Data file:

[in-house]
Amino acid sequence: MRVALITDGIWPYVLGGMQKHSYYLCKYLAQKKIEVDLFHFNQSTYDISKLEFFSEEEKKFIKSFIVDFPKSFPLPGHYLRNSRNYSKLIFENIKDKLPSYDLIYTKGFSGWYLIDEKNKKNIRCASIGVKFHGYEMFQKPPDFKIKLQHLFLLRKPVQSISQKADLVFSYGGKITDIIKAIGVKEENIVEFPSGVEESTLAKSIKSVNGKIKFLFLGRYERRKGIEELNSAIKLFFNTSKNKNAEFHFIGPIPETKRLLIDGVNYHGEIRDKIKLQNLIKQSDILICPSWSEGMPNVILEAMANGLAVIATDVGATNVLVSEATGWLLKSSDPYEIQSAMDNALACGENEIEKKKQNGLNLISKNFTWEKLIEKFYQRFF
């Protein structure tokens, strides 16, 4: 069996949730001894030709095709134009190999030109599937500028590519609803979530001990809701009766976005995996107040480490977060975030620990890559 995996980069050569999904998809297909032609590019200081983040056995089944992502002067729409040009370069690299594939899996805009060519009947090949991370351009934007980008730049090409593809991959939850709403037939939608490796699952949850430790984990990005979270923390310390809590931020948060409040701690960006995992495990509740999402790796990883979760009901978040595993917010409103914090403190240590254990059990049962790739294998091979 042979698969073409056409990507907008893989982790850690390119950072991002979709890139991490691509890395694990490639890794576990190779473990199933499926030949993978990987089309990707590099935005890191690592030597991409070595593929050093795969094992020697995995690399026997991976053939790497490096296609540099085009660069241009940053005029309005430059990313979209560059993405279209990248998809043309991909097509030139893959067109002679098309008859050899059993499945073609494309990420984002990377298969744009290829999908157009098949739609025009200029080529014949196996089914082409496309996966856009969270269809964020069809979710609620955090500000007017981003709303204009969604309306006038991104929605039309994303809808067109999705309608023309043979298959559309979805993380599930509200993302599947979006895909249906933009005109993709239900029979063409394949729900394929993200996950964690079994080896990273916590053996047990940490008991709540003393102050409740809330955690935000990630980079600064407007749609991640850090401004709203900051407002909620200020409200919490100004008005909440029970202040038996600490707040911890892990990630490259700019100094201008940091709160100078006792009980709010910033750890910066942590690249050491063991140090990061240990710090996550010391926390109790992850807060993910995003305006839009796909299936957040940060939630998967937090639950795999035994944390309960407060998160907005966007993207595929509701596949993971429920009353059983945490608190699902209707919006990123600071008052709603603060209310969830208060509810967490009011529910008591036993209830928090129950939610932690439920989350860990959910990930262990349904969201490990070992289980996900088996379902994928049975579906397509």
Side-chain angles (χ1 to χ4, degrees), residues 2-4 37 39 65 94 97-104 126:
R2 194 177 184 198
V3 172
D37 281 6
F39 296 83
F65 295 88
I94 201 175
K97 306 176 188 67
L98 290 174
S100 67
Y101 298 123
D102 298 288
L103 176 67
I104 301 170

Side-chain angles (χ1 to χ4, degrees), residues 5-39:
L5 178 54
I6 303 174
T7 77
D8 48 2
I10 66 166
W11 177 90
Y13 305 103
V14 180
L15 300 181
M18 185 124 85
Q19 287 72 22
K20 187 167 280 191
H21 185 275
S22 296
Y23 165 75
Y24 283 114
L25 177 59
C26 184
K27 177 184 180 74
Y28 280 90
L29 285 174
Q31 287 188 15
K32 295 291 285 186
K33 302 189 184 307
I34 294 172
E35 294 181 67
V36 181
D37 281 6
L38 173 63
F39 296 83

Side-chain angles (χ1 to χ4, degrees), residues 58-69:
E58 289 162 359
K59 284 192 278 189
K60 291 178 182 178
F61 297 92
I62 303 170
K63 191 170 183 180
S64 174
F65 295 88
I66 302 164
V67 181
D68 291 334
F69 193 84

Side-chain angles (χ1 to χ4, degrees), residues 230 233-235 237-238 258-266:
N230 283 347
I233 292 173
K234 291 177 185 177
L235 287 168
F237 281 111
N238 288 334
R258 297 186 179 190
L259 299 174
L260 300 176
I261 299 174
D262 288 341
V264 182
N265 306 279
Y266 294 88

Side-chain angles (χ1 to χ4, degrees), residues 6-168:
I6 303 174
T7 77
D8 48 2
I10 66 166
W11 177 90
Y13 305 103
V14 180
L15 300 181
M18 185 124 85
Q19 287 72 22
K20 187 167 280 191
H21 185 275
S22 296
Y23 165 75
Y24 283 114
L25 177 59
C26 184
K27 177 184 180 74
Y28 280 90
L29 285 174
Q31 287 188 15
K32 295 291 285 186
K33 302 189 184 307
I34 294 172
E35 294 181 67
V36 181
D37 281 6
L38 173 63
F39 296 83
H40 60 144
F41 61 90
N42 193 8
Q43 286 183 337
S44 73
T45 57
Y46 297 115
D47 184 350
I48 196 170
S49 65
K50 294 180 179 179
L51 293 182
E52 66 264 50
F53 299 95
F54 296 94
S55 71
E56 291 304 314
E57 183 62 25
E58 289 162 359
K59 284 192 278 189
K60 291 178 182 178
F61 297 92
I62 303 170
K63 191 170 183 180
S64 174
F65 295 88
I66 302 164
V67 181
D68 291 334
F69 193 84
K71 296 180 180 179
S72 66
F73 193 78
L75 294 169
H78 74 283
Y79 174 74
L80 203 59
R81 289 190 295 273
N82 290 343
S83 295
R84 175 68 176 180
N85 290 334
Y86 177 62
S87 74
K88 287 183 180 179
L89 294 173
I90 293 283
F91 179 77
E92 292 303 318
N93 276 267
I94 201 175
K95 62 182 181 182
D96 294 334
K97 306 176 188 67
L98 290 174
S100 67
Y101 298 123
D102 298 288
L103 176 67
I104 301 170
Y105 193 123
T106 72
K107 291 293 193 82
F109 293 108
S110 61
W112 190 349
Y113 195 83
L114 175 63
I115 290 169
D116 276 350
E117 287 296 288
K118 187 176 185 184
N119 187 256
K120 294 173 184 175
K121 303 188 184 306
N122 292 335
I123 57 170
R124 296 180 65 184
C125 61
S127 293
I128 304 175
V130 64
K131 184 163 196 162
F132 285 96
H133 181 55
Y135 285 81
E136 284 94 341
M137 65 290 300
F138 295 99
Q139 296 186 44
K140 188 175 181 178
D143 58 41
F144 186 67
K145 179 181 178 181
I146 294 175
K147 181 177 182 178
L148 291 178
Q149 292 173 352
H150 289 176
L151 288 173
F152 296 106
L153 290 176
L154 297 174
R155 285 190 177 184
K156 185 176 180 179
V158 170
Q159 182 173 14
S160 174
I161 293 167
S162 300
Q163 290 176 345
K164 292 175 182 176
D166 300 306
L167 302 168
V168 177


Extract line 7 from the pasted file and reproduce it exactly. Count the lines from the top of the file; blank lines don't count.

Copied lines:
D37 281 6